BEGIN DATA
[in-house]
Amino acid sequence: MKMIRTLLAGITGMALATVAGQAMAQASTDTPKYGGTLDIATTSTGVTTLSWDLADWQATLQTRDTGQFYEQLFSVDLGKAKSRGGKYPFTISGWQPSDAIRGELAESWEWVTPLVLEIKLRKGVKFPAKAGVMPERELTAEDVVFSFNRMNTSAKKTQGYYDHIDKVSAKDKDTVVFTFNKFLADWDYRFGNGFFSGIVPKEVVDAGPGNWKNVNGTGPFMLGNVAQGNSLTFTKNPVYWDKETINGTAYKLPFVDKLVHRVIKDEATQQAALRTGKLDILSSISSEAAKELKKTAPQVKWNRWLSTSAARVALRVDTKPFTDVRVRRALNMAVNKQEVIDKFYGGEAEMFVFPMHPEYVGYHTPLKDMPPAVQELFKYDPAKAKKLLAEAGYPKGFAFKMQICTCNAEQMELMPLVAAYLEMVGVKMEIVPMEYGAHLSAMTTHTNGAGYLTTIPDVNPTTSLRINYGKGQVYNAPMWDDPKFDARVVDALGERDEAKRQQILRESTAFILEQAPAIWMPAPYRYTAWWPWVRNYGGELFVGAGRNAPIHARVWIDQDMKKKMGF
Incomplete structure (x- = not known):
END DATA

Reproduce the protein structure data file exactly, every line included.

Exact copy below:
[in-house]
Amino acid sequence: MKMIRTLLAGITGMALATVAGQAMAQASTDTPKYGGTLDIATTSTGVTTLSWDLADWQATLQTRDTGQFYEQLFSVDLGKAKSRGGKYPFTISGWQPSDAIRGELAESWEWVTPLVLEIKLRKGVKFPAKAGVMPERELTAEDVVFSFNRMNTSAKKTQGYYDHIDKVSAKDKDTVVFTFNKFLADWDYRFGNGFFSGIVPKEVVDAGPGNWKNVNGTGPFMLGNVAQGNSLTFTKNPVYWDKETINGTAYKLPFVDKLVHRVIKDEATQQAALRTGKLDILSSISSEAAKELKKTAPQVKWNRWLSTSAARVALRVDTKPFTDVRVRRALNMAVNKQEVIDKFYGGEAEMFVFPMHPEYVGYHTPLKDMPPAVQELFKYDPAKAKKLLAEAGYPKGFAFKMQICTCNAEQMELMPLVAAYLEMVGVKMEIVPMEYGAHLSAMTTHTNGAGYLTTIPDVNPTTSLRINYGKGQVYNAPMWDDPKFDARVVDALGERDEAKRQQILRESTAFILEQAPAIWMPAPYRYTAWWPWVRNYGGELFVGAGRNAPIHARVWIDQDMKKKMGF
Incomplete structure (x- = not known):